Mark Tuitert of the Netherlands flashed to a time of 1:45.57, and nobody in the field of 39 skaters could challenge that.
That gives the United States two medals for the day, with two more possible in short-track speedskating at the Pacific Coliseum.
Katherine Reutter has advanced to the semifinals of the women's 1,500 meters, while former Colorado Springs resident Apolo Anton Ohno and American J.R. Celski have made the men's 1,000-meter semis. Both events will conclude later tonight.
Lindsey Vonn couldn't beat all the top Europeans in the ladies Super-G ski race Saturday at Whistler Mountain, but she came close enough to make it onto the podium.
Vonn secured the bronze medal with a run of 1:20.88, topped only by Andrea Fischbacher of Austria with 1:20.14 and Tina Maze of Slovenia in 1:20.63.
Vonn's second medal of the Winter Games, along with her gold in the downhill, made it seven Alpine skiing medals for the United States. The previous U.S. best in Alpine at any Olympics was five in 1984.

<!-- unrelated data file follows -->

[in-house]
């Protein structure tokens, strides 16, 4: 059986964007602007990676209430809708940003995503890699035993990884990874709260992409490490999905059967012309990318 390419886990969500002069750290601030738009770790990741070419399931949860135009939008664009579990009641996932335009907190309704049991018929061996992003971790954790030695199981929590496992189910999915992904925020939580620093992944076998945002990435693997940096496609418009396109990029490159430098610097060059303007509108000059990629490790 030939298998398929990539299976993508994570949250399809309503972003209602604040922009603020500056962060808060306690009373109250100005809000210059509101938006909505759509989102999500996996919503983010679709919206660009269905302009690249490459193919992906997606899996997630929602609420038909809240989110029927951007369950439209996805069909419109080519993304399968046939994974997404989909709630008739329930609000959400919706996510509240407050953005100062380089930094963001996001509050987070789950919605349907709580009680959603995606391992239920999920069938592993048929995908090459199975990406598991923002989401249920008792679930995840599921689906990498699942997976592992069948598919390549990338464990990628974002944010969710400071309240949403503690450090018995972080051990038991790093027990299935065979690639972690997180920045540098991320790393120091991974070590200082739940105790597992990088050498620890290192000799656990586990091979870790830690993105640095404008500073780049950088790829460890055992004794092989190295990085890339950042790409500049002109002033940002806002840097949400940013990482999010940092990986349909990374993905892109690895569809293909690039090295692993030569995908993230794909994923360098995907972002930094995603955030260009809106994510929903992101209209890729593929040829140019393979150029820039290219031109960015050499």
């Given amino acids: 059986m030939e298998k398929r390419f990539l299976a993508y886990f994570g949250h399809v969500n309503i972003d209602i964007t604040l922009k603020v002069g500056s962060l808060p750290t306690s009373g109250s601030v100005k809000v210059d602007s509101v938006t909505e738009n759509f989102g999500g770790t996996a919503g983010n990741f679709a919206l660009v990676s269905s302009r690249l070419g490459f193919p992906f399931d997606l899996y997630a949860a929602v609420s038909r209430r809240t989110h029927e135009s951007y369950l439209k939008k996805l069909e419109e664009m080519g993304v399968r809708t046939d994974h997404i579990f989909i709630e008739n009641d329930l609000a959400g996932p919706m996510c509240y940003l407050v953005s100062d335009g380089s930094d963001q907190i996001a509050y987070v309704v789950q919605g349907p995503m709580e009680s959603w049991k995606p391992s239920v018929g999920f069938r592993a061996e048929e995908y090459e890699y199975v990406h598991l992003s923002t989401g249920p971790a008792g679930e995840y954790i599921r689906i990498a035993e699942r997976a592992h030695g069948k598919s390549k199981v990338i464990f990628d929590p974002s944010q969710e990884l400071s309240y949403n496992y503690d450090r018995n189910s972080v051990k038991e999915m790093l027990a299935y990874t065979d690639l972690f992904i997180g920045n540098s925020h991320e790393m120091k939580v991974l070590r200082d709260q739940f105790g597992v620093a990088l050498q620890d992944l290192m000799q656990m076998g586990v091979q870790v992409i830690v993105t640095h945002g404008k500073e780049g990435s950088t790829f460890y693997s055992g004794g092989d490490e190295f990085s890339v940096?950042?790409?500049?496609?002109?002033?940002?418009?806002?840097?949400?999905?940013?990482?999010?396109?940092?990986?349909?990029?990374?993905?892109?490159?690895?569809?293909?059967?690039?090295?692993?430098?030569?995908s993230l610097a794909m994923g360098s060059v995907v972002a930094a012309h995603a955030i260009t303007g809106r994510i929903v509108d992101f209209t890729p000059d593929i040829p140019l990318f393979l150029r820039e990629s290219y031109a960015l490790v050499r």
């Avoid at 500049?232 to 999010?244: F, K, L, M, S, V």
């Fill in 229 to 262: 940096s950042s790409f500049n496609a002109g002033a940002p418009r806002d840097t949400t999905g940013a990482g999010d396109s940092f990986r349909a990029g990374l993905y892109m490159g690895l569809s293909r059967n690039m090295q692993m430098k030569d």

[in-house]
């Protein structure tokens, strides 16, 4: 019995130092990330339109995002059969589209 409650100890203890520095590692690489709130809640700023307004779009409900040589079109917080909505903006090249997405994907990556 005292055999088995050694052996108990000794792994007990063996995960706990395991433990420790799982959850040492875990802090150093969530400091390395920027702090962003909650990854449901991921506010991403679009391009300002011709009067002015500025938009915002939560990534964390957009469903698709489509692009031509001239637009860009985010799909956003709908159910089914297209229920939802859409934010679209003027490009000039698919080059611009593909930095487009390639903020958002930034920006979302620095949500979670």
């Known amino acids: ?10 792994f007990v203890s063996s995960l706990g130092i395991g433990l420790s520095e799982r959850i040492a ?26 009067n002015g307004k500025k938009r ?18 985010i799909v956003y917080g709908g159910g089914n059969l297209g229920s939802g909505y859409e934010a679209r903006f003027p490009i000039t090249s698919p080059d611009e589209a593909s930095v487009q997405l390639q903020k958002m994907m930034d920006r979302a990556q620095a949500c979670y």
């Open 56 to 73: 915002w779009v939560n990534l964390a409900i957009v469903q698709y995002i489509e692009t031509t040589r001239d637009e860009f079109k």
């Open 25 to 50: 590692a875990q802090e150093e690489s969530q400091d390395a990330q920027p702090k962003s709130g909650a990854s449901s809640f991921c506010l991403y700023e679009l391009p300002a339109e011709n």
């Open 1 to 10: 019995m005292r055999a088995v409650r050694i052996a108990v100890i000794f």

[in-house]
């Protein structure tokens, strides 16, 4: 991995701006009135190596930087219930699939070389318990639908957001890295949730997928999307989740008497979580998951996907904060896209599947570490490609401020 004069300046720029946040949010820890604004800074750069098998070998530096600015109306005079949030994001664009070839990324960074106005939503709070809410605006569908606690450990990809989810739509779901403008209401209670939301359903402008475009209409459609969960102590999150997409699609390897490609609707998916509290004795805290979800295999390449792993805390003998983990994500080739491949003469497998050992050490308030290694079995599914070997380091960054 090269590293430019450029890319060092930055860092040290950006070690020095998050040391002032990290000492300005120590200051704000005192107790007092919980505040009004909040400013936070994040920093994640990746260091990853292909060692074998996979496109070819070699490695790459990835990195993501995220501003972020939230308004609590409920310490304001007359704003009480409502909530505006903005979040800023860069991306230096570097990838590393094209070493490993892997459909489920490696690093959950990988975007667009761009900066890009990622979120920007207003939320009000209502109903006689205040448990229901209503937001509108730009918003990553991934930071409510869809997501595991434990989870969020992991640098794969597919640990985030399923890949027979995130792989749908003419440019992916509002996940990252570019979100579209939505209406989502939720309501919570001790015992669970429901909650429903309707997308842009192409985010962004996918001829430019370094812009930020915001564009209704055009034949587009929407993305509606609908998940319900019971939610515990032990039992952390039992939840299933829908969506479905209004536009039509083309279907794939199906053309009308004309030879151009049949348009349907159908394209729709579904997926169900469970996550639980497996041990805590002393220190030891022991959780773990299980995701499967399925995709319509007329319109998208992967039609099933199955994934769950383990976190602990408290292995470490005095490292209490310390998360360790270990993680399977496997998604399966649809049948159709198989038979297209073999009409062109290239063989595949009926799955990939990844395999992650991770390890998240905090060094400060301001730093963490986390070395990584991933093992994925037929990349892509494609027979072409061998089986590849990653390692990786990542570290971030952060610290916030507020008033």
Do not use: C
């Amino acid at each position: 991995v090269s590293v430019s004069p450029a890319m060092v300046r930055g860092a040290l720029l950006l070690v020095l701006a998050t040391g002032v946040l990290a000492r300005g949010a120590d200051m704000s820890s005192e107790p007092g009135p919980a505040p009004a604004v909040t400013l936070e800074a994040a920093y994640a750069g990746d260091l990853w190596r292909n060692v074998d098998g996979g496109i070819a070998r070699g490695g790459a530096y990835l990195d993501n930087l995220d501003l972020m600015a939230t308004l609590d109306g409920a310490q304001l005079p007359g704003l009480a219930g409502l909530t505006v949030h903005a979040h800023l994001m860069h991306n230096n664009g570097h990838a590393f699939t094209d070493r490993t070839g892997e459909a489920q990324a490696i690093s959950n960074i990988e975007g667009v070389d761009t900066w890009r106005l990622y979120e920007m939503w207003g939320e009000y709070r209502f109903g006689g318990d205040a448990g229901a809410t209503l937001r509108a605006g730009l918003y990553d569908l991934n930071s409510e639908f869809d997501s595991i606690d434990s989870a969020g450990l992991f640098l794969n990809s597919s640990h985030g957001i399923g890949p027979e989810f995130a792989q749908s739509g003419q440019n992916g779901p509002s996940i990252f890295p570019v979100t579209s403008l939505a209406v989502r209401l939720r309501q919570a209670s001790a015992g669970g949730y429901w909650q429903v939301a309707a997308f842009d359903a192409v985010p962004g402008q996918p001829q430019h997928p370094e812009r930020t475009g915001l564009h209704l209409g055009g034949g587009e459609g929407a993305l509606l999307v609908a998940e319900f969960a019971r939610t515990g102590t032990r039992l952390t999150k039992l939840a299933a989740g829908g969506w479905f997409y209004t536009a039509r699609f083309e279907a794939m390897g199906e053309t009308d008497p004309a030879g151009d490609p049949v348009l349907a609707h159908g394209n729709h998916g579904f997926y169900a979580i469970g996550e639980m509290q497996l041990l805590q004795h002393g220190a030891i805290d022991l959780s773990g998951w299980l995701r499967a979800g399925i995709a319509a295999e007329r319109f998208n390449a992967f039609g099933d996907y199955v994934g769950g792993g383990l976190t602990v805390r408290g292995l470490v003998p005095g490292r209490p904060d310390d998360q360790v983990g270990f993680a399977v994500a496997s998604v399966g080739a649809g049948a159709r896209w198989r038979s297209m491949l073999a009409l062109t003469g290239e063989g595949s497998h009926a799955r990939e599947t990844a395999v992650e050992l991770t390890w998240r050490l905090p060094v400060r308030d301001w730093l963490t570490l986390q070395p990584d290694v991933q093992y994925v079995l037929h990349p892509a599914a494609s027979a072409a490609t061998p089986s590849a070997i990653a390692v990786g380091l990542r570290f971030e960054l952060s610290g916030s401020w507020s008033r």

"I didn't do as well as I could have on the bottom, and that's why I didn't get another gold today,"Vonn said. "But no matter what happens now, I'm going home really happy."
The other American contender, Julia Mancuso, skied first through many more shadows than the medalists (who made their runs with the sun higher), and her 1:21.50 left her in ninth.
It was the 21st medal of these Winter Games for the United States.
Apolo Anton Ohno has achieved almost every goal imaginable in his short-track speedskating career. Tonight the former longtime Colorado Springs resident has a chance to make history at a higher level.
Ohno skates in the men's 1,000 meters at the 2010 Winter Olympics, with three grueling rounds starting with the quarterfinals in the late afternoon and ending with the finale tonight. He faces stern opposition, particularly from Korean and Canadian skaters, but he's definitely a medal contender.
And if Ohno can make the top three, he'll stand alone as the most decorated U.S. Winter Olympic athlete in history. His six career medals, including a silver here in the men's 1,500 meters, put him in a tie for first place with former long-track speedskater Bonnie Blair. But Ohno hopes to leave Vancouver with either seven or eight, depending on the outcome tonight and later in the men's 3,000-meter relay.